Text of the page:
Here is the state of what I found.

        For series going back to 1900.
        1. they needed 90% “coverage” or 90% of all values present.
        2. unadjusted data
        Findings:
        15% showed cooling
        A) Almost all were in the US with a smattering in australia and other places.
        B. Applying test of statistical significance reduced this below 10%
        C. When you change the “missing values” allowed from 10% to 5% to 0%
        the amount shrinks even more. This indicates a pattern in missing values ( Carrick had a thesis I havent tested yet)
        D) outside the US the stations tend to be coastal.
        E. Inside the US the stations I checked were all stations that had moved from cities to outlying airports..

        The bottomline is the result is basically un publishable. Nobody but netcitizens care about these interesting little quirks. I also had a few interesting cases of sites that changed because a dam was built nearby.
        Its a lot of work and 99% of folks just yawn.

      • Very helpful, moshe. I had believed the one third figure for cooling.
        ========

      • Kim

        Mosh made a good response but its somewhat more complex/confused than that as we all know.

        Verity and I did a study and coincidentally the BEST work was in the throes of collection and analysis around that time so I asked Richard Mueller directly, who came up with the 30% figure . This was slightly more than the estimate we had made but ours was on much less detailed/widespread sampling.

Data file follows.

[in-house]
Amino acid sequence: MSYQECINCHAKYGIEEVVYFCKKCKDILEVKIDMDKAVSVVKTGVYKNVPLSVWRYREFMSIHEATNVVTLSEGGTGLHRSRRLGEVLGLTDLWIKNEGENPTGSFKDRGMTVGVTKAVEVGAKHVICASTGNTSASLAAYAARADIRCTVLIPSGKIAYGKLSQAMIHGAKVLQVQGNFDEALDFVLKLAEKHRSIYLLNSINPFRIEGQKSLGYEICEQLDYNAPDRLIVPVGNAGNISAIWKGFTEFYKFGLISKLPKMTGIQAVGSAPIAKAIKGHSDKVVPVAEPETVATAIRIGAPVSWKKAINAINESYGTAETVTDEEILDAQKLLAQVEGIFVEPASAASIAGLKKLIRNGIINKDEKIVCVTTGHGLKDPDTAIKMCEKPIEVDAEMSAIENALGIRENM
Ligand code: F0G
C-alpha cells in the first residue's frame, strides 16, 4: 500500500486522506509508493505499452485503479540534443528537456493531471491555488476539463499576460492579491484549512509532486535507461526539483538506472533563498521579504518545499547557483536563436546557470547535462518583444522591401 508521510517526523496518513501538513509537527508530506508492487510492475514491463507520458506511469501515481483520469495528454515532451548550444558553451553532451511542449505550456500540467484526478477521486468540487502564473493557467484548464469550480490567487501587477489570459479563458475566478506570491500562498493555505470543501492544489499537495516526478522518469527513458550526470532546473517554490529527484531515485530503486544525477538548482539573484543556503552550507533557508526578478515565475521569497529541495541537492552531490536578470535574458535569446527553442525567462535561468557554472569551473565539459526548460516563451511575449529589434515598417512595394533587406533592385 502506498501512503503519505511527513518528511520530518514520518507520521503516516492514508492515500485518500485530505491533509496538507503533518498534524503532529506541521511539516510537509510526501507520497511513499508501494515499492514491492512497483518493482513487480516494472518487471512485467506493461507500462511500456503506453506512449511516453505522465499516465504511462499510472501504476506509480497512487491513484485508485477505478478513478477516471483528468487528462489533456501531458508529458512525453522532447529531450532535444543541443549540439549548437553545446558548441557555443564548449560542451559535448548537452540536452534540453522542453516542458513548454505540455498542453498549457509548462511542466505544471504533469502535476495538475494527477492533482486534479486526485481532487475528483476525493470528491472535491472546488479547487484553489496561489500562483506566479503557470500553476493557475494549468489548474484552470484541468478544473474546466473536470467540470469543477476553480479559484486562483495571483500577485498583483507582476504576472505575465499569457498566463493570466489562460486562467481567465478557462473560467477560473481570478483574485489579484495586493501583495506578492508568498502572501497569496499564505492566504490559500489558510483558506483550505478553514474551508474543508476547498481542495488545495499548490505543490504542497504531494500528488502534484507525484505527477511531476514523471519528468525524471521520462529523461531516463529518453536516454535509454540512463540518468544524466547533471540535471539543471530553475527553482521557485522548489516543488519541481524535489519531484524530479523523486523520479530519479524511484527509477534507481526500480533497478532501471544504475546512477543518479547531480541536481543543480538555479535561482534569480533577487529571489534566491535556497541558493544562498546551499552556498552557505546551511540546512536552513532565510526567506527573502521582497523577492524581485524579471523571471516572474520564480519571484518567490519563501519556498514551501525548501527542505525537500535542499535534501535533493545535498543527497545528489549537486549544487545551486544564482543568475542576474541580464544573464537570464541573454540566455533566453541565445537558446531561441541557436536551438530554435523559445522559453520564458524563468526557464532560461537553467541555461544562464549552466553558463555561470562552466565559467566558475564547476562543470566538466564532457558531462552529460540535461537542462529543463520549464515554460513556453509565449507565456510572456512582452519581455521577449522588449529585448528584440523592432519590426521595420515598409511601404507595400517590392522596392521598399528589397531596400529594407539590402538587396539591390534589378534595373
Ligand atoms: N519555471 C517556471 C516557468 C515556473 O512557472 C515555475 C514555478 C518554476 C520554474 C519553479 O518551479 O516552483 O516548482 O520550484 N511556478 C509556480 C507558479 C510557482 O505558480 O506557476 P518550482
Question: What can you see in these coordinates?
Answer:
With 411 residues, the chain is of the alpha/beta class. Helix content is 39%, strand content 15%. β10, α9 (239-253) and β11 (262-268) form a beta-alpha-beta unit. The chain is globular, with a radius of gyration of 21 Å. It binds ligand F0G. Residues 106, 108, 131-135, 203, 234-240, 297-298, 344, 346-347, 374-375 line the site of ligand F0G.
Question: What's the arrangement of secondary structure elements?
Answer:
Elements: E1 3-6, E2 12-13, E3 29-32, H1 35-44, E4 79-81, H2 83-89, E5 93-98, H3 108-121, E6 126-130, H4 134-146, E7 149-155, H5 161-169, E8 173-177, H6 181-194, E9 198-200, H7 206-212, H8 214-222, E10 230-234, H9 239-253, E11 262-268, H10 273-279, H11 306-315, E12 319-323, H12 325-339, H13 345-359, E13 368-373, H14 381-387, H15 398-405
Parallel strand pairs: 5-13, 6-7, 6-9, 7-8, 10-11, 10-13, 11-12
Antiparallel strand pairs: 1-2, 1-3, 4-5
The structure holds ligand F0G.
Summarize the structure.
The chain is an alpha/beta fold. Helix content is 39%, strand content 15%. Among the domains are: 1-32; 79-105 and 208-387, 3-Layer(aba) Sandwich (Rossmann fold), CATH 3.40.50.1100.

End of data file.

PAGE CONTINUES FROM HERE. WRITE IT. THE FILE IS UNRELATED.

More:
Taking 30 years as a statistically meaningful time scale there was cooling at a wide variety of places not limited to the US or Australia for at least that timescale. UHI got in the way because many of the longer real readings (as opposed to interpolated/borrowed ones from elsewhere) were apparently affected by warming when other places nearby were cooling.

        We stopped our work because we didn’t want to be accusred of cherry picking, but there is undoubtedly an interesting study to be made using the latest data with agreed parameters i.e what consititutes cooling and what consititutes warming. There are also many places that are ‘neutral’ but that is a term you don’t often hear used.